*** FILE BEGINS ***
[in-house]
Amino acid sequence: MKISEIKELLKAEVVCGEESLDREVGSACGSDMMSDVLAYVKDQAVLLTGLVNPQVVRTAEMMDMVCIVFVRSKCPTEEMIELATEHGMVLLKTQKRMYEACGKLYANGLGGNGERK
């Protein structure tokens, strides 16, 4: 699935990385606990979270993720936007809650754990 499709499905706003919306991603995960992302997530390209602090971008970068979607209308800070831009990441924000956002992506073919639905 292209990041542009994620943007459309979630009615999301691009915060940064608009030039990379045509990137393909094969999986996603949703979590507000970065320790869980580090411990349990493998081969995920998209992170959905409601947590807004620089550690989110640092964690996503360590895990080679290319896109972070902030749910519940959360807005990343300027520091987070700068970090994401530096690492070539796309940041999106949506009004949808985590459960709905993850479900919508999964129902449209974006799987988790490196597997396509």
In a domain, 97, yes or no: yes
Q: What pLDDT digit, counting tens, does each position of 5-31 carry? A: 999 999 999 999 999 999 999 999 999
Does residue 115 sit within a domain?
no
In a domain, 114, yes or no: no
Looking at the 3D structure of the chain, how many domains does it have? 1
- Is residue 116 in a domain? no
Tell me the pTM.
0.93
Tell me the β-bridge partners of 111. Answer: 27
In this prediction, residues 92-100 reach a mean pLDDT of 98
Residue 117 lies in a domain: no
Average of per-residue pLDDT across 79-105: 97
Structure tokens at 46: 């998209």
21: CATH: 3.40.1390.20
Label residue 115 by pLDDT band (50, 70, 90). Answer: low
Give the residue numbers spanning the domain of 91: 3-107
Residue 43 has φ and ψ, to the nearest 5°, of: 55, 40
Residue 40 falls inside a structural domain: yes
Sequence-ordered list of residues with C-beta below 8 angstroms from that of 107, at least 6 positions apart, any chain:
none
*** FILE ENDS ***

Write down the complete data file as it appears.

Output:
[in-house]
Amino acid sequence: MKISEIKELLKAEVVCGEESLDREVGSACGSDMMSDVLAYVKDQAVLLTGLVNPQVVRTAEMMDMVCIVFVRSKCPTEEMIELATEHGMVLLKTQKRMYEACGKLYANGLGGNGERK
């Protein structure tokens, strides 16, 4: 699935990385606990979270993720936007809650754990 499709499905706003919306991603995960992302997530390209602090971008970068979607209308800070831009990441924000956002992506073919639905 292209990041542009994620943007459309979630009615999301691009915060940064608009030039990379045509990137393909094969999986996603949703979590507000970065320790869980580090411990349990493998081969995920998209992170959905409601947590807004620089550690989110640092964690996503360590895990080679290319896109972070902030749910519940959360807005990343300027520091987070700068970090994401530096690492070539796309940041999106949506009004949808985590459960709905993850479900919508999964129902449209974006799987988790490196597997396509």
In a domain, 97, yes or no: yes
Q: What pLDDT digit, counting tens, does each position of 5-31 carry? A: 999 999 999 999 999 999 999 999 999
Does residue 115 sit within a domain?
no
In a domain, 114, yes or no: no
Looking at the 3D structure of the chain, how many domains does it have? 1
- Is residue 116 in a domain? no
Tell me the pTM.
0.93
Tell me the β-bridge partners of 111. Answer: 27
In this prediction, residues 92-100 reach a mean pLDDT of 98
Residue 117 lies in a domain: no
Average of per-residue pLDDT across 79-105: 97
Structure tokens at 46: 């998209």
21: CATH: 3.40.1390.20
Label residue 115 by pLDDT band (50, 70, 90). Answer: low
Give the residue numbers spanning the domain of 91: 3-107
Residue 43 has φ and ψ, to the nearest 5°, of: 55, 40
Residue 40 falls inside a structural domain: yes
Sequence-ordered list of residues with C-beta below 8 angstroms from that of 107, at least 6 positions apart, any chain:
none